A few weeks ago I randomly decided to change things up with the art in our living room—yes, again. Since the day we moved in, I’ve always had a collection of framed prints and paintings hanging to the right. I have no idea why that was my instinct, but despite switching out the art itself countless times in the past three years, I always kept the gallery collection hung off to the side.
Well, not anymore! I asked you guys on Instagram to weigh in between a few different properly centered art options for above the couch, and the oversized horse print (that we already had sitting in storage) won the poll. The only problem was that I wasn’t overly fond of the black frame.
That image above shows the print framed in black—the photo was snapped right after the piece of art arrived when it was hung in our lower level family room. I actually ordered the print in white, but the brand accidentally shipped it in black, so a white spray paint job had been on my to-do list practically since the moment I unwrapped it.
Two years later, my spontaneous living room art refresh was the perfect excuse to do just that, so I thought I’d share a lightening fast tutorial for how to repaint a large-scale frame in case you happen to be in the same boat.
Here’s What You’ll Need:
- Roll of kraft paper
- Painter’s tape
- Scissors or razor blade
- Scrap cardboard
- White spray paint
How To Paint A Large Scale Frame
This tutorial is built specifically for those of you who, like me, are dealing with a professionally framed piece of art that you can’t easily take out of the frame. Instead of dismantling the frame to spray paint the surround, you need to mask off the front of the piece so you can safely repaint the outside edges.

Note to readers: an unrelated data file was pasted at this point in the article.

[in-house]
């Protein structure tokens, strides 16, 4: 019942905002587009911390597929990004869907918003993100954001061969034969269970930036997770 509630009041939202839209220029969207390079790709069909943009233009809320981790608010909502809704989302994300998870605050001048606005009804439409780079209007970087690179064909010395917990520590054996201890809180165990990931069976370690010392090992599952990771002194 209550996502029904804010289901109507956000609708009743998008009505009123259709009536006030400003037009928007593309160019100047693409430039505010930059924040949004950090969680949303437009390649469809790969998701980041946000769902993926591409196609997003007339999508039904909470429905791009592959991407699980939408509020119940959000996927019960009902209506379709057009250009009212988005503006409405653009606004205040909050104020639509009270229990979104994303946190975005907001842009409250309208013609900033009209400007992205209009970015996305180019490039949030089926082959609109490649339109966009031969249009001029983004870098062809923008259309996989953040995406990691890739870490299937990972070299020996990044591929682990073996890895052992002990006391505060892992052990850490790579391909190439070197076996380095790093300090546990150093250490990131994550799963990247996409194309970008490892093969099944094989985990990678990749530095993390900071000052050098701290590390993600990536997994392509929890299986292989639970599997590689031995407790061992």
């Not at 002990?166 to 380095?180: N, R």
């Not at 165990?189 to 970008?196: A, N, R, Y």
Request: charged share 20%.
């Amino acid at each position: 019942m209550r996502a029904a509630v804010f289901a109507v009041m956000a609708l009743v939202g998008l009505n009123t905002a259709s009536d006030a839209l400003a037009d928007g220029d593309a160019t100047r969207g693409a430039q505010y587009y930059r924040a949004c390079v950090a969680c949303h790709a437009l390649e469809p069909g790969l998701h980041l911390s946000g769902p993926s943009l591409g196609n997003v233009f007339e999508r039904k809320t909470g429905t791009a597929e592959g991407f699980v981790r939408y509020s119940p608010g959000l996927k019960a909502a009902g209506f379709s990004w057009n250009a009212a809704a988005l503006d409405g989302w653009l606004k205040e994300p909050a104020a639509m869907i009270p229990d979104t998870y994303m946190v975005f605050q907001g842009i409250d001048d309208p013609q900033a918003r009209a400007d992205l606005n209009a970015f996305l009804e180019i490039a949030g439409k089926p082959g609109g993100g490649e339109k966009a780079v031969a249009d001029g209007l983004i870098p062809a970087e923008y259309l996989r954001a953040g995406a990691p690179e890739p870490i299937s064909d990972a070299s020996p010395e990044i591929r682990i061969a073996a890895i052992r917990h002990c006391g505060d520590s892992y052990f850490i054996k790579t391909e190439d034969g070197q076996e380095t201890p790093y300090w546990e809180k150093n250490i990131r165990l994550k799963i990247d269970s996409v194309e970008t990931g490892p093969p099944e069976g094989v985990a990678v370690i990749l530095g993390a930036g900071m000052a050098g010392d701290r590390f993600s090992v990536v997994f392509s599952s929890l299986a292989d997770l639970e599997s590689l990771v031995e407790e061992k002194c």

To start, cut a piece (or a few pieces) of kraft paper to cover almost the entire surface of the frame’s glass or plexiglass face. Make sure you leave about a half inch of space between the kraft paper and the frame edge. Then, tear 2-to-3-feet sections of masking tape, and lay them around the edges of the frame to hold the kraft paper in place on the glass. Use scissors or a razor blade to cut a clean 90-degree edge into the tape at all four corners.
Lay the masked print on a piece of scrap cardboard somewhere outside out of the sun, and spray white paint in multiple thin and even coats along all sides of the frame. Make sure you keep your arm and wrist moving to avoid over-spraying any one section of the frame, which could result in drips. Step away from the frame for 30 minutes to allow the paint to cure, and then return for a second coat. Repeat until you can no longer spot the original frame color under the paint.
Wait several hours, and then carefully lift the print up from underneath and bring it inside (this is easier to do when you have two people!). Allow the painted frame to dry for 24-48 hours in a cool, dry location, and then re-hang it on the wall.
I love this piece of art probably 400 percent more now that the frame is finally bright white. Before, the black frame just felt really heavy to me, but the white makes it feel lighter, brighter, and much more soothing.
I know it’s all personal preference and that many of you would have felt the need to paint the frame black had it arrived to your own home in white, but that’s the beauty of this tutorial—you can use it to customize any over-sized art print using your favorite color of choice without having to rip into a professionally-mounted frame. What color would you have chosen? Do tell in the comments below!